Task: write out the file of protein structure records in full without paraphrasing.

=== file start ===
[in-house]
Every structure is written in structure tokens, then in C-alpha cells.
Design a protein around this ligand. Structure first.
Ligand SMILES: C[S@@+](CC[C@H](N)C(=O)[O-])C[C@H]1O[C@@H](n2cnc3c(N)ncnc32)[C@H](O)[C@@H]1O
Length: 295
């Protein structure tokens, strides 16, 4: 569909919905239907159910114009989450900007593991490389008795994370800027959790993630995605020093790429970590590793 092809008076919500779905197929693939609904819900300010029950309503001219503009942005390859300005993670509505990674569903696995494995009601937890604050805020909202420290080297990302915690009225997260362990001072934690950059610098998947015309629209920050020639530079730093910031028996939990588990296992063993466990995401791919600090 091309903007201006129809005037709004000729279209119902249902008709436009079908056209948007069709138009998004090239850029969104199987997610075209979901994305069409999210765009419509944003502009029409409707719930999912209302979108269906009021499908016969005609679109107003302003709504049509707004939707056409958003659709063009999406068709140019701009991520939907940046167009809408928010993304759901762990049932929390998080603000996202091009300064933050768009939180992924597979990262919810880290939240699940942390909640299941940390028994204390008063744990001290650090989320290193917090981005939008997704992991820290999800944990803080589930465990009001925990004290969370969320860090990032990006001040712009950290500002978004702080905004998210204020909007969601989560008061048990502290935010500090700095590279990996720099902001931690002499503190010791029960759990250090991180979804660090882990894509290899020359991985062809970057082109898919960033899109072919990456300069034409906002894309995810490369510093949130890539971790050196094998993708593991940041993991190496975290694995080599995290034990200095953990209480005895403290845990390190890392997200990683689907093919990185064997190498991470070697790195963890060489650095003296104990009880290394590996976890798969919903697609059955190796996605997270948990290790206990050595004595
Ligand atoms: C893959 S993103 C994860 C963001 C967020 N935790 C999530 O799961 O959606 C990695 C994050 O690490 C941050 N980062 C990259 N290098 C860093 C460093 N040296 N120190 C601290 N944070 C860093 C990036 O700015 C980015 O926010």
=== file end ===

[in-house]
Every structure is written in structure tokens, then in C-alpha cells.
Design a protein around this ligand. Structure first.
Ligand SMILES: C[S@@+](CC[C@H](N)C(=O)[O-])C[C@H]1O[C@@H](n2cnc3c(N)ncnc32)[C@H](O)[C@@H]1O
Length: 295
């Protein structure tokens, strides 16, 4: 569909919905239907159910114009989450900007593991490389008795994370800027959790993630995605020093790429970590590793 092809008076919500779905197929693939609904819900300010029950309503001219503009942005390859300005993670509505990674569903696995494995009601937890604050805020909202420290080297990302915690009225997260362990001072934690950059610098998947015309629209920050020639530079730093910031028996939990588990296992063993466990995401791919600090 091309903007201006129809005037709004000729279209119902249902008709436009079908056209948007069709138009998004090239850029969104199987997610075209979901994305069409999210765009419509944003502009029409409707719930999912209302979108269906009021499908016969005609679109107003302003709504049509707004939707056409958003659709063009999406068709140019701009991520939907940046167009809408928010993304759901762990049932929390998080603000996202091009300064933050768009939180992924597979990262919810880290939240699940942390909640299941940390028994204390008063744990001290650090989320290193917090981005939008997704992991820290999800944990803080589930465990009001925990004290969370969320860090990032990006001040712009950290500002978004702080905004998210204020909007969601989560008061048990502290935010500090700095590279990996720099902001931690002499503190010791029960759990250090991180979804660090882990894509290899020359991985062809970057082109898919960033899109072919990456300069034409906002894309995810490369510093949130890539971790050196094998993708593991940041993991190496975290694995080599995290034990200095953990209480005895403290845990390190890392997200990683689907093919990185064997190498991470070697790195963890060489650095003296104990009880290394590996976890798969919903697609059955190796996605997270948990290790206990050595004595
Ligand atoms: C893959 S993103 C994860 C963001 C967020 N935790 C999530 O799961 O959606 C990695 C994050 O690490 C941050 N980062 C990259 N290098 C860093 C460093 N040296 N120190 C601290 N944070 C860093 C990036 O700015 C980015 O926010």